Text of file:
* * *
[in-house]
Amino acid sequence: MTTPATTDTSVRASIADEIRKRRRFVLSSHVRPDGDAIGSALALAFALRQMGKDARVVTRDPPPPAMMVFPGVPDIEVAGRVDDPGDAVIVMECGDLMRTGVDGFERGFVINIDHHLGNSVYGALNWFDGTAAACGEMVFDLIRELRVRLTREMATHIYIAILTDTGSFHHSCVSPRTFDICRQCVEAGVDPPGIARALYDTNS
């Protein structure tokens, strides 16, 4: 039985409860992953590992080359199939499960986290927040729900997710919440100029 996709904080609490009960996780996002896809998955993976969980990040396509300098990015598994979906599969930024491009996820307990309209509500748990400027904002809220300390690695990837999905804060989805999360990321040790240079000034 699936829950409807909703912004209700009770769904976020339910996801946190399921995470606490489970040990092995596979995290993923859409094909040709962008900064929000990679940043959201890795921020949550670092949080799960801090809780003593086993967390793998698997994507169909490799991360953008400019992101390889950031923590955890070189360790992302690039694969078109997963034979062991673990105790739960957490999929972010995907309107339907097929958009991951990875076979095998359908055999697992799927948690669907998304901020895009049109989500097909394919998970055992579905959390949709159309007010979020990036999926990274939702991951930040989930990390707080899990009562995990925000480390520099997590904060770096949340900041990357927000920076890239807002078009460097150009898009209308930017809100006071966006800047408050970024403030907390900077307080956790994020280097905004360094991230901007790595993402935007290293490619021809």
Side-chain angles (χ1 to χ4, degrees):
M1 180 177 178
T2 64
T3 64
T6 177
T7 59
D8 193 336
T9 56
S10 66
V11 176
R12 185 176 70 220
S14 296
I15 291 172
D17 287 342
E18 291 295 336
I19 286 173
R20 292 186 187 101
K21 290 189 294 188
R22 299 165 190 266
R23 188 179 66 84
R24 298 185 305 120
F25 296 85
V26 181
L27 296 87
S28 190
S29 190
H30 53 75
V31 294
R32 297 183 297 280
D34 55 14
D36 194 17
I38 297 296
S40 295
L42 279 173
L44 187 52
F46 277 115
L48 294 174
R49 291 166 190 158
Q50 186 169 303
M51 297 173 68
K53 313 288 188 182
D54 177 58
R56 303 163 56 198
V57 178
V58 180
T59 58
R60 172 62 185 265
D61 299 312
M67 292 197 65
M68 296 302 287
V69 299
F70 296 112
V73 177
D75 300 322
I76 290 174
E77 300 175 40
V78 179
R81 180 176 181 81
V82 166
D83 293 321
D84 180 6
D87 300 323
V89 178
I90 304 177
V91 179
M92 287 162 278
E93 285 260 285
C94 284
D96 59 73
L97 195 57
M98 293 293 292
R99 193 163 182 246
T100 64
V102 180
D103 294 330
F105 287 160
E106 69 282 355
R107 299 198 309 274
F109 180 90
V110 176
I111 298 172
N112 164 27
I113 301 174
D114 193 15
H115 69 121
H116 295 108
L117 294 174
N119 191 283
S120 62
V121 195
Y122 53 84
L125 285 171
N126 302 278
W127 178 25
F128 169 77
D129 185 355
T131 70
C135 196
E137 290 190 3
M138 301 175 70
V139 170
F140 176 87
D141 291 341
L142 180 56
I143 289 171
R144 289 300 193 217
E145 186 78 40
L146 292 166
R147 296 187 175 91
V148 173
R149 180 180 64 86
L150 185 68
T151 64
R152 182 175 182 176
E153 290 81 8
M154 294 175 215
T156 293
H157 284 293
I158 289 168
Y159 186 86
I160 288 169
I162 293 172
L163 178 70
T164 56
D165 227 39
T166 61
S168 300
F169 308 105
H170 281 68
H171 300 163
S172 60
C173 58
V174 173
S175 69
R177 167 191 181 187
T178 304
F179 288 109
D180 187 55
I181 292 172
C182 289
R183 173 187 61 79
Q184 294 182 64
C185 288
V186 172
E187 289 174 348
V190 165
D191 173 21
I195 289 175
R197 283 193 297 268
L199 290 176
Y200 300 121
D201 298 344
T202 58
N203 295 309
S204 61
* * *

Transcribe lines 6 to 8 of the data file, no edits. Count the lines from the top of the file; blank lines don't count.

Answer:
T2 64
T3 64
T6 177